Back
We continue to provide our legal services through the COVID-19 pandemic. Please visit our COVID-19 Hub for legal insights, or contact us directly.
Get in Touch Menu

Trustees of charities – is CIO status for you?

26 March 2015

The Charities Act 2011 introduced the new form of a legal entity, known as a charitable incorporated organisation (CIO) 3,426 charities have registered as CIOs. We explain why it may be beneficial for an unincorporated charity to convert to a CIO and the process for doing so.

Unless a charity is purely grantmaking, its activities almost certainly involve a level of risk, which may create personal liability for the trustees. It is possible to give considerable protection to the trustees of a charity by incorporating as a company limited by guarantee or a CIO.

Charity Commission

CIOs are increasingly popular although their power to borrow money is limited since there is no register of charges at the Charity Commission for a lender to give notice of its security. However, a CIO is a separate legal entity in its own right and enjoys a simple regulatory regime since it only has to register with, and report to, the Charity Commission.

By contrast, a company limited by guarantee has to comply with two sets of regulations – those under company law and those under charity law. A CIO is able to hold property itself and does not require trustees to hold property on its behalf, thereby avoiding the need to document assignments of property or contracts every time there is a change of trustees.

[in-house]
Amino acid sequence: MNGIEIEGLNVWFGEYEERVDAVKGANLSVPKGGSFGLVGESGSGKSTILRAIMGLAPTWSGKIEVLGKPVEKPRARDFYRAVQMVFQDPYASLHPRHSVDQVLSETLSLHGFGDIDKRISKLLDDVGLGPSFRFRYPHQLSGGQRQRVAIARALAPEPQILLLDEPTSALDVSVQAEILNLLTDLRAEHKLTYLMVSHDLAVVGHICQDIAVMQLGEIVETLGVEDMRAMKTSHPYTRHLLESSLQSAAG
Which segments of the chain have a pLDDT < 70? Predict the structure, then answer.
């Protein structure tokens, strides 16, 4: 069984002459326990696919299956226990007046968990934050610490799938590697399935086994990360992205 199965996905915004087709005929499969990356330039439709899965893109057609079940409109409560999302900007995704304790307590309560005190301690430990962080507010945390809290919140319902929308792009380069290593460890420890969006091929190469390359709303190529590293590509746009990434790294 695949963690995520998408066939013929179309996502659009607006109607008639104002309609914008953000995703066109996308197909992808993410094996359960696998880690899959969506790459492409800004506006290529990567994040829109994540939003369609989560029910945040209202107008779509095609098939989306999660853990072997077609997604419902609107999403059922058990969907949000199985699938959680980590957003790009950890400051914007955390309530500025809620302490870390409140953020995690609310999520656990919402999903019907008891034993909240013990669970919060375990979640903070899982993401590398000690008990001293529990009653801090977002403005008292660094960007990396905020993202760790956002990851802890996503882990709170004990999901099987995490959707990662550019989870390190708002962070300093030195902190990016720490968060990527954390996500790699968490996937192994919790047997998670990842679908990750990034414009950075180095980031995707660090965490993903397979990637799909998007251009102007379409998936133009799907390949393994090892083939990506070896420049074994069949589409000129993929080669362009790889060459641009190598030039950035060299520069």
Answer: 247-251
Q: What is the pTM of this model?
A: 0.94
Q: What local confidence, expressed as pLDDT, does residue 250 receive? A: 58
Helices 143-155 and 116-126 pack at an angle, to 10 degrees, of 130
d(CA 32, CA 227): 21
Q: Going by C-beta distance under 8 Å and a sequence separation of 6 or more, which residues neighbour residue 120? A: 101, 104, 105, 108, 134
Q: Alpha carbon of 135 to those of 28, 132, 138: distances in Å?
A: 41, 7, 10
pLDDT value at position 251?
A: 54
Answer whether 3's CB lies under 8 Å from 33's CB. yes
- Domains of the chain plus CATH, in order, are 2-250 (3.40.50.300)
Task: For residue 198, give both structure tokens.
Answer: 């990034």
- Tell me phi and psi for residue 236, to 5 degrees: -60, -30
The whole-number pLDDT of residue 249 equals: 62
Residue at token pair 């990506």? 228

Trusts converting to CIOs

The Charity Commission said some while ago that it was going to introduce a straightforward procedure for trusts to convert to CIOs. We are still waiting for these regulations to be issued. Until then the way to proceed is to incorporate a new charity in the form of a CIO; transfer the assets from the old charity and then dissolve the unincorporated charity. This process involves drafting a new constitution for the CIO and then applying for registration to the Charity Commission. Once the CIO is registered, an agreement is prepared to transfer the assets of the original charity to the new CIO.

Care should be taken over the transfer of existing contracts (including employment) since a change of control may be triggered or novations and registration of property may be required. Once the asset transfer has been completed, the original charity is dissolved.

If we can be of help to you or if you would like to discuss this in more detail please contact our charities and not-for-profit team.

We're here to help
Contact
Charlotte Brunsdon LLB, BA (Hons)
Solicitor
View profile
Charlotte Brundson
Share this article
Resources to help

Related articles

Legal perspectives on the Budget 2021

Corporate

In the Chancellor’s first Budget speech last year, made as COVID-19 started to take hold in the UK, Rishi Sunak promised to do “whatever it takes to support the economy”.…

Willans
Solicitors

No jab, no job: Can employers require workers to get the COVID-19 vaccine?

Employment & business immigration

COVID-19 has created many challenges for employers. Between the sudden need to accommodate homeworking and the introduction of furlough, most employers have had to make changes to their working practices.…

Jenny Hawrot LLB (Hons)
Senior associate, solicitor

The rules around income tax - what executors should know

Wills, trusts & probate

Income tax is something we think about regularly during our lifetime. We constantly ask questions such as “have we paid enough?” and “does HMRC owe us a refund?”, yet the…

Miranda Hawkes FCILEx, TEP
Associate, chartered legal executive
Contact us